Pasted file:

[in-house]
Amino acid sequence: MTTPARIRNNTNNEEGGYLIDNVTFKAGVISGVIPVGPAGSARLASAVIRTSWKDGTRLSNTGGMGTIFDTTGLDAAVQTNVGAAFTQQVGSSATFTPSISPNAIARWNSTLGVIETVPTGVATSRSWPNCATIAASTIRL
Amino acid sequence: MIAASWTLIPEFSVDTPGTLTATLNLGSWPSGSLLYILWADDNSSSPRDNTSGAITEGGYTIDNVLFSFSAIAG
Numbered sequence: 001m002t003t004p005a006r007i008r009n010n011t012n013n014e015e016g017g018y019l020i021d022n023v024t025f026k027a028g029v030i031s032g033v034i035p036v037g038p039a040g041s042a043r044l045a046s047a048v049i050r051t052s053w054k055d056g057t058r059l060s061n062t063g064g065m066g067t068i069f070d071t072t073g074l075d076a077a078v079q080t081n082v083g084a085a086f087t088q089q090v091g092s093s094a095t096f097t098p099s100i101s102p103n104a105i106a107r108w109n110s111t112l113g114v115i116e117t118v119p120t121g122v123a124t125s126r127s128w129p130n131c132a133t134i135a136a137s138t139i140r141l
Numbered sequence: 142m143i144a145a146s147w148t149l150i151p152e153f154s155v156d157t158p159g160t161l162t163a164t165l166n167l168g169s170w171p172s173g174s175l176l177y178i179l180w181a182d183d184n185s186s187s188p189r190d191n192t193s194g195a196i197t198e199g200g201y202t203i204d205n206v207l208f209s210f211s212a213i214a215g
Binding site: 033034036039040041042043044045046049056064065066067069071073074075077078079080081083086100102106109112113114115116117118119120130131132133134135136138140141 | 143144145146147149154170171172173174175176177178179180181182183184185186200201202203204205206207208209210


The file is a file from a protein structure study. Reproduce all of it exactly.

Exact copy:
[in-house]
Amino acid sequence: MTTPARIRNNTNNEEGGYLIDNVTFKAGVISGVIPVGPAGSARLASAVIRTSWKDGTRLSNTGGMGTIFDTTGLDAAVQTNVGAAFTQQVGSSATFTPSISPNAIARWNSTLGVIETVPTGVATSRSWPNCATIAASTIRL
Amino acid sequence: MIAASWTLIPEFSVDTPGTLTATLNLGSWPSGSLLYILWADDNSSSPRDNTSGAITEGGYTIDNVLFSFSAIAG
Numbered sequence: 001m002t003t004p005a006r007i008r009n010n011t012n013n014e015e016g017g018y019l020i021d022n023v024t025f026k027a028g029v030i031s032g033v034i035p036v037g038p039a040g041s042a043r044l045a046s047a048v049i050r051t052s053w054k055d056g057t058r059l060s061n062t063g064g065m066g067t068i069f070d071t072t073g074l075d076a077a078v079q080t081n082v083g084a085a086f087t088q089q090v091g092s093s094a095t096f097t098p099s100i101s102p103n104a105i106a107r108w109n110s111t112l113g114v115i116e117t118v119p120t121g122v123a124t125s126r127s128w129p130n131c132a133t134i135a136a137s138t139i140r141l
Numbered sequence: 142m143i144a145a146s147w148t149l150i151p152e153f154s155v156d157t158p159g160t161l162t163a164t165l166n167l168g169s170w171p172s173g174s175l176l177y178i179l180w181a182d183d184n185s186s187s188p189r190d191n192t193s194g195a196i197t198e199g200g201y202t203i204d205n206v207l208f209s210f211s212a213i214a215g
Binding site: 033034036039040041042043044045046049056064065066067069071073074075077078079080081083086100102106109112113114115116117118119120130131132133134135136138140141 | 143144145146147149154170171172173174175176177178179180181182183184185186200201202203204205206207208209210